The introduction of a cloud service provider is exactly that. Better still think in terms of the cloud provider being another provider of a service within your existing support model. Despite its name the cloud provider is an external supplier to the existing IT support model and requires integration. As such the cloud service should be introduced into the organization in the same way as any new vendor. Following existing processes to transition the Cloud provider into the organization by means the definitions of services, Master Service agreements, contracts, and escalations, SLAs and integrating their support into your own.
The difference is that the cloud is a little more intrusion that a traditional supplier. The cloud provider is also hosting the business processes in their own datacenters and not yours. This seems to cause initial concern regarding exposer and compliance however quite often the cloud provider can achieve greater levels of security and availability than in-house managed service could achieve whilst being cost effective.
ITIL itself need to catch up. ITIL Version 4 is rumored to be on its way however it is unclear if specific guidance with caters for the changing world of cloud services. This may or may not be necessary depending on how you view it. As mentioned above the Cloud provider is just that. The introduction of the Cloud provider needs to consider the SLA and integration between the Business and cloud provider.
That being said, conflicts do exist which challenge the ITIL v3 model. The introduction of a cloud provider often bring with it a swifter way of delivering change too.
Agile, ITIL and the cloud
Most Cloud services are focused on delivering change quickly. They adopt the Agile delivery methodology and center around the DevOps model being key in delivering that change.
The traditional ITIL processes are deemed too slow and antiquated ways of delivering key business change. At this stage it seems a paradigm exists where the traditional IT model and DevOps need co-exist.
At this point changes are required to the ITIL approaches that are currently being explored. How best to integrate the DevOps, fast paced approach.
Conflicts mainly center around the change management approach and how the Traditional ITIL change reviews, change boards and forward scheduling are all lengths and are deemed to be the crux about why a customer can’t have their business change straight away.
Other areas of conflict exist between how we have been operating in a controlled manner under ITIL and the more risk-averse approach of DevOps.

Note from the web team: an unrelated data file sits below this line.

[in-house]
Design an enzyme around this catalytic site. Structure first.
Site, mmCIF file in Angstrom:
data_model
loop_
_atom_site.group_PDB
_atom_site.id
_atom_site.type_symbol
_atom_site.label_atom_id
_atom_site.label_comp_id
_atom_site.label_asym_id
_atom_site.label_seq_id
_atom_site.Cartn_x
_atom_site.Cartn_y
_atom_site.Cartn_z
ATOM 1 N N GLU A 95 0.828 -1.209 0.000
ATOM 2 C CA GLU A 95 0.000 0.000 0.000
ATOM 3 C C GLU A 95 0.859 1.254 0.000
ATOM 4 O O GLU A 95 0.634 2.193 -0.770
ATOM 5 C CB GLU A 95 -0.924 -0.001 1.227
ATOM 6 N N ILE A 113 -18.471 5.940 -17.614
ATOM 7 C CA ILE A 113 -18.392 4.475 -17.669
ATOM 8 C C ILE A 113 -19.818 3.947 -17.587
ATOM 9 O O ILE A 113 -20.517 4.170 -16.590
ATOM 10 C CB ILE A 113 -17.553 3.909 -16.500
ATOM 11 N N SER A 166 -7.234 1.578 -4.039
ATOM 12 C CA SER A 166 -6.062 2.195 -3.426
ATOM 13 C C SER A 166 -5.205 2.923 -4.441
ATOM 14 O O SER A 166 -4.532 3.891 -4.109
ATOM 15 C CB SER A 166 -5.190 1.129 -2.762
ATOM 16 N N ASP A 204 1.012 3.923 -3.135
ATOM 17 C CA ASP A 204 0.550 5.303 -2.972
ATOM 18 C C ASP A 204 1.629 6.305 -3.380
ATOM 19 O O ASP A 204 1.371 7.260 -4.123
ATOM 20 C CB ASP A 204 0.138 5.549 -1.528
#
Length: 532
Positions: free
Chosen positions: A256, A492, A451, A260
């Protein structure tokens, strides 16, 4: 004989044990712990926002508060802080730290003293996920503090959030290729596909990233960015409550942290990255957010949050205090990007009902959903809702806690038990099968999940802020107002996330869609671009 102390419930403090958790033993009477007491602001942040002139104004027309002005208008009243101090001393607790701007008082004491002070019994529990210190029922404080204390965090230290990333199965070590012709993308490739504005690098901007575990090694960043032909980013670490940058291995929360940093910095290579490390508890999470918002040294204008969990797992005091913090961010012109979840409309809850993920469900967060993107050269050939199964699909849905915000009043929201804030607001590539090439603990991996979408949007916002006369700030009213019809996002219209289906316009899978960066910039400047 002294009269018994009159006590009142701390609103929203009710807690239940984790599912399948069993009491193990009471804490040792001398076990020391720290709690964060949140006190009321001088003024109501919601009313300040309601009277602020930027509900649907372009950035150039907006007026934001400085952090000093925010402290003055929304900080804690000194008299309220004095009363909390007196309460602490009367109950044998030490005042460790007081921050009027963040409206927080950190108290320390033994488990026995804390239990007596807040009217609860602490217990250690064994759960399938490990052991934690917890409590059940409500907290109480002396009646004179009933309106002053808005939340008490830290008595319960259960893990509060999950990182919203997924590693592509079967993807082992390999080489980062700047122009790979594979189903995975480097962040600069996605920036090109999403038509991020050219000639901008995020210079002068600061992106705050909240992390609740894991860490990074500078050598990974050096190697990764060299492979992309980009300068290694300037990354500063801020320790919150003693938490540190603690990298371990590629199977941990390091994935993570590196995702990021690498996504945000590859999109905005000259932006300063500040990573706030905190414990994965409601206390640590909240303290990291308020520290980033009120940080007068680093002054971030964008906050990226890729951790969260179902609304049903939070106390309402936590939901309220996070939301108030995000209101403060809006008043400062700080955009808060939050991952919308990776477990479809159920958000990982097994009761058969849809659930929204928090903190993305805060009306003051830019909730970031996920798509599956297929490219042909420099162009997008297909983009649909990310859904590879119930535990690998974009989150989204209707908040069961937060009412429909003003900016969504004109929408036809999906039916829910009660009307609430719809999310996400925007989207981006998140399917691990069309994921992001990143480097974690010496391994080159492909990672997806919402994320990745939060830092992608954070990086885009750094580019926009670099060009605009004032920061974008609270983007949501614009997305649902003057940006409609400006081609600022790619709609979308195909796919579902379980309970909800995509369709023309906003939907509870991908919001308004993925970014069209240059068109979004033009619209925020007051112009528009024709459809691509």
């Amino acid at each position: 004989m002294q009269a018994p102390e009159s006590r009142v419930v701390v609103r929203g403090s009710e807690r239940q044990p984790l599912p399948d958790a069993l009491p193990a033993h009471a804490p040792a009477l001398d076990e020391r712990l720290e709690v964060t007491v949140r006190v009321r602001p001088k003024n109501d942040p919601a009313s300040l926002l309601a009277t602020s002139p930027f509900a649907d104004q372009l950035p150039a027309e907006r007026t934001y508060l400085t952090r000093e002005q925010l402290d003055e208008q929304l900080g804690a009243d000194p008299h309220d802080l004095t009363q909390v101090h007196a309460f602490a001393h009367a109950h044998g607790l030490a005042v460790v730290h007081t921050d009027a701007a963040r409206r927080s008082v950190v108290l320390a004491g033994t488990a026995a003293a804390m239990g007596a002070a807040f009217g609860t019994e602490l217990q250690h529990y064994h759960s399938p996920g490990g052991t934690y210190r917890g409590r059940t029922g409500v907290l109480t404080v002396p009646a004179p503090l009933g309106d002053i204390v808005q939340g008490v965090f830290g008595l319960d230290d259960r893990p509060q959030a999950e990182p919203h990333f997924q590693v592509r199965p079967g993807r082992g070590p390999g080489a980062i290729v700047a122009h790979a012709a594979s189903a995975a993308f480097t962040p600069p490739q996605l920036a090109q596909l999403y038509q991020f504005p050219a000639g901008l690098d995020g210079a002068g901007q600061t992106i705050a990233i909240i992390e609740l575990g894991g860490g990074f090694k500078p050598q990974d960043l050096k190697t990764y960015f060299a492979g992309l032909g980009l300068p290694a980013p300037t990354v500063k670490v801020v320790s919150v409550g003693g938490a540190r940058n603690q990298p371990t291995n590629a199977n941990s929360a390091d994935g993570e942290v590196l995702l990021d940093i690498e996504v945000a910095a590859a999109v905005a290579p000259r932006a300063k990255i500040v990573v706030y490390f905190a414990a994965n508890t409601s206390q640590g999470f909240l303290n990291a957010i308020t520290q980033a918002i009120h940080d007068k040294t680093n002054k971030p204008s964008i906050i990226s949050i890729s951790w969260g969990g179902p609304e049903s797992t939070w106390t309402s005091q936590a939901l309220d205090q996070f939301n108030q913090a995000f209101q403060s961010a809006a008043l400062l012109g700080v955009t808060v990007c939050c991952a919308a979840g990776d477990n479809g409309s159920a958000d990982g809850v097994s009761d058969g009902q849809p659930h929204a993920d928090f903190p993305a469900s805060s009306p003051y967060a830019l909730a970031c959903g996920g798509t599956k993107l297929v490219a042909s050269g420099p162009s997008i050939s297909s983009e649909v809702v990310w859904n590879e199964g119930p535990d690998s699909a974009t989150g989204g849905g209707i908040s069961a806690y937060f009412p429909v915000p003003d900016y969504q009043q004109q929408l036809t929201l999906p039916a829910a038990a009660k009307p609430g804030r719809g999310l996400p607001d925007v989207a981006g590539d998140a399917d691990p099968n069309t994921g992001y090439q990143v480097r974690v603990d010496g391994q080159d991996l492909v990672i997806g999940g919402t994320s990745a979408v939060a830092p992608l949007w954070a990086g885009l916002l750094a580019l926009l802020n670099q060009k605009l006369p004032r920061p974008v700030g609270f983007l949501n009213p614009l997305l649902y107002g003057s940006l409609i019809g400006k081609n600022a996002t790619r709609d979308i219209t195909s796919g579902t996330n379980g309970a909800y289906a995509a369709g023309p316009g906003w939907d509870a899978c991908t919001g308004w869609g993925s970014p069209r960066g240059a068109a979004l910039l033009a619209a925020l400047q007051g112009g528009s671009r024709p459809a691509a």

So where’s the problem?
However all is not what it seems. Yes cloud brings with it change to an organization however as a new supplier this poses no real challenge at all.
The problems exist in the realization of the DevOps approach being preferred by development and the business as the better way. Changes are delivered quickly who can argue with that.
ITIL, Proinc2, MSP and other traditional Operational and Programme delivery methodologies are now being seen as slow and outdated however far more similarities exist when these methodologies exist side by side.
The roles and activities being performed in all software delivery lifecycles aim to achieve the same activities and perform the same outcomes. Instead of a business case, a set of requirements ad a business analyst, there’s an Epic, a Theme, a user story and a Product owner.
The cloud introduces nothing new. Using cloud services challenges the traditional Operational model. To fully adopt the cloud the DevOps approach seems to be the way forward.
An organization needs to change the way the not only deliver but also Operation their support to the business. The Operating models within the organization need to change. However these changes may not be as significant as they seem.
The support on model which is most familiar is the Level 1 to 4 model of managing it.
Demystifying the Cloud, By Pietro D’Angelo
Pietro D’Angelo is a seasoned ITIL Service Transition Consultant currently working for Assurance Programme Solutions Ltd, A partner to AWS. Pietro has witnessed the changes take place in recent years to the traditional ITIL model and been engaged in many workshops and consultations to address the challenges being faced by organisations as they consider the impacts of moving to the Cloud.